I tell friends from elsewhere that, despite what they may have heard, Hoosiers aren’t a bunch of rubes. Then, I see things like the report that Indiana is passed only by West Virginia in percentage of adult smokers. At 26.1%, we have more smokers than Kentucky. In this day and age, what in the world would possess you to start or continue smoking? Of course, the fact is, while starting smoking is a free choice, once the habit is established, the decision to stop smoking is not a simple matter of choice. Your body is addicted, and your mind is no longer the free agent we contemplate in simplistic economic scenarios. An Indy Star editorial notes the General Assembly’s failure to adopt a smoking ban and the correlation between smoking cessation efforts in states and lower smoking rates in those states.
It occurs to me that some of the arguments made by social conservatives against normalizing homosexuality in our society actually make some sense when applied to smoking. Smoking is a choice, not how you are born. Smoking is harmful behavior. There is a Tobacco Industry agenda to convert young people to make a lifestyle choice. Smoking in mainstream culture may make my kids think it’s o.k., and cause them to choose a harmful lifestyle. So, while I don’t necessarily support criminalizing smoking, I might be open to the idea of getting the behavior into the closet.
I freely admit to not being perfectly dispassionate on this topic. I grew up with smoking and didn’t like it. I’ve seen family members suffer from health problems attributable to smoking. I’ve seen family and friends wanting to quit but being unable.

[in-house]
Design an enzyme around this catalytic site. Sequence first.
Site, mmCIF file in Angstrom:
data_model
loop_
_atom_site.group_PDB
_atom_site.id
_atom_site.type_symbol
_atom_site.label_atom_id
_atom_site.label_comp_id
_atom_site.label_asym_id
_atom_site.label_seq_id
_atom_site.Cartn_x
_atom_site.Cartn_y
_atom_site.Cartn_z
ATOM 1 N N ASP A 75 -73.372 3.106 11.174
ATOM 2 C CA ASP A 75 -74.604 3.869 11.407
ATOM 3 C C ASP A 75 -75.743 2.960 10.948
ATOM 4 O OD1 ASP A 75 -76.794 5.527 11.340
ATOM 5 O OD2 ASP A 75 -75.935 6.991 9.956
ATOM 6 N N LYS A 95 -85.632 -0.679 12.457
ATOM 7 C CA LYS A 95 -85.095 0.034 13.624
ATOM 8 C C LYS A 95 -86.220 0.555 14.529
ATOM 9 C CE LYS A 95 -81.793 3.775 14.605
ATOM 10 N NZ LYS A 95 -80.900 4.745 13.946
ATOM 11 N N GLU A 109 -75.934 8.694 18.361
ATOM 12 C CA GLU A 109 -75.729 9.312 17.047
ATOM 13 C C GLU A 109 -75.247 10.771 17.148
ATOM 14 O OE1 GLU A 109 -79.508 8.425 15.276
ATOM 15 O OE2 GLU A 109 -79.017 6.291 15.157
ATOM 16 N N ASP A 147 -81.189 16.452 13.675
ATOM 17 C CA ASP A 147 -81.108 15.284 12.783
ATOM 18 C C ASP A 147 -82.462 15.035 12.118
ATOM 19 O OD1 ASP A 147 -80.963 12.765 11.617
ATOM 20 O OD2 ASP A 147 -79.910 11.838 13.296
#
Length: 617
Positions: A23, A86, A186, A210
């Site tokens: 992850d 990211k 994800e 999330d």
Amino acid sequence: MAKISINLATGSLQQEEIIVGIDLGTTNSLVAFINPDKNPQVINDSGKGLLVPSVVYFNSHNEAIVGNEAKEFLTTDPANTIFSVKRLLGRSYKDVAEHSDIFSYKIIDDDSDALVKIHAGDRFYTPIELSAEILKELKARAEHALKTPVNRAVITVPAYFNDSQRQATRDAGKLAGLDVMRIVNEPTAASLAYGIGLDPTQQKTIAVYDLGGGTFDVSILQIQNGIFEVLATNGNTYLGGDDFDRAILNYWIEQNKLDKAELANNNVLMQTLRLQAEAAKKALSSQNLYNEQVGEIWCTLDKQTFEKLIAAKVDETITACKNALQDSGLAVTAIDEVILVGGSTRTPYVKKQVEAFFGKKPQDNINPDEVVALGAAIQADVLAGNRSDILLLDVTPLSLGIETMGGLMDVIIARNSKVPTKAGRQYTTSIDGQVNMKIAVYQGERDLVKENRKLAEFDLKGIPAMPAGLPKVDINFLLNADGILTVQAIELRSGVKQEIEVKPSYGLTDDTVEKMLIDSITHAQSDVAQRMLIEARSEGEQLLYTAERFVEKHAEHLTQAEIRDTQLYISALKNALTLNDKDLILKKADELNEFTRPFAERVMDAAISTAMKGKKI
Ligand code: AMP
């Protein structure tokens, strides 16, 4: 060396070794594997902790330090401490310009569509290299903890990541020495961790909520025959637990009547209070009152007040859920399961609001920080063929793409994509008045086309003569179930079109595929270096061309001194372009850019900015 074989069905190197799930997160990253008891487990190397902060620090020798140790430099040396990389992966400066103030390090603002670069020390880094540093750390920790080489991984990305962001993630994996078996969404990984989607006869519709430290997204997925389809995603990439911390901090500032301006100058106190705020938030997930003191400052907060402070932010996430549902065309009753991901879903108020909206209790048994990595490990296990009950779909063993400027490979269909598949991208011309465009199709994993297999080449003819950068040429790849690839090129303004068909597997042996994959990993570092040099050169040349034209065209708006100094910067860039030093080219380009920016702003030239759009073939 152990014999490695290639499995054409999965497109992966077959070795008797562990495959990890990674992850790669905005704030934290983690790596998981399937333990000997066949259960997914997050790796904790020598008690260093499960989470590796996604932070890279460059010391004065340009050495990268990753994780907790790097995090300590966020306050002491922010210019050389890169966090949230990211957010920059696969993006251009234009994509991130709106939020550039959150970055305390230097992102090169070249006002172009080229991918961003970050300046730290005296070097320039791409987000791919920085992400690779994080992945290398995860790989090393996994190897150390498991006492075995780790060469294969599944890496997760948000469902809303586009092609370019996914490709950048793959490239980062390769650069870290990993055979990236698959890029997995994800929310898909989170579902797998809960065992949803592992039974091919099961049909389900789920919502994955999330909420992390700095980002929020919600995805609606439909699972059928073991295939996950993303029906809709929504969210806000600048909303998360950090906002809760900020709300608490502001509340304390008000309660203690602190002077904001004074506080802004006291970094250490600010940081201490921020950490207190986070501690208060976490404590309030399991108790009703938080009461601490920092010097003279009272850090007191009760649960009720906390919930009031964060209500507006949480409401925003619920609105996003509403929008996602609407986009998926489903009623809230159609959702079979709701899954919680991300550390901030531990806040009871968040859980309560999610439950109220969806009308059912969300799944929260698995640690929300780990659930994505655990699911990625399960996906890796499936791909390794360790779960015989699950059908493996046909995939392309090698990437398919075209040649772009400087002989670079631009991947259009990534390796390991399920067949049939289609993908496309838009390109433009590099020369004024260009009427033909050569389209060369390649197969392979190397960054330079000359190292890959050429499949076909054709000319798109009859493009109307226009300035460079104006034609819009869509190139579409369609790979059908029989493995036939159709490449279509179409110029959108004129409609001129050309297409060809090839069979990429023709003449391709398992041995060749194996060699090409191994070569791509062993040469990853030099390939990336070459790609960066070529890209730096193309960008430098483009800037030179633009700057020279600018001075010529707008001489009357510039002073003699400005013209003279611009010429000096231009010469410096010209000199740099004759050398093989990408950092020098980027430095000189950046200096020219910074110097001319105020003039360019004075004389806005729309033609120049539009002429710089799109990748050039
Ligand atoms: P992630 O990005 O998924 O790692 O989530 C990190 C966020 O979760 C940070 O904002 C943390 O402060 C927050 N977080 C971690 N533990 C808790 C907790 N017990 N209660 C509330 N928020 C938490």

Smoking is not a self-contained behavior which causes efforts to paint smoking regulation as solely a property rights issue to miss the mark. Property owners aren’t entirely free to discharge toxins even on their own property, particularly if they hold themselves open to the public.
The Indy Star editorial has this to say about reducing the number of smokers:
Numbers likewise don’t lie when it comes to fighting back against this scourge. The CDC report confirms that states with the lowest incidence of smoking are those that spend the most on tobacco cessation and charge the highest cigarette taxes.
They also are more likely to have state and/or city laws forbidding smoking in all indoor public spaces.
Fewer smokers means a healthier population, lower health costs, and maybe a little extra money at the end of the month to pay bills. This is anecdotal, but in my collection practice, I can’t tell you how many people unable to pay their bills seem to smell of fresh cigarettes, suggesting that they are foregoing paying their obligations in favor of buying another pack of smokes.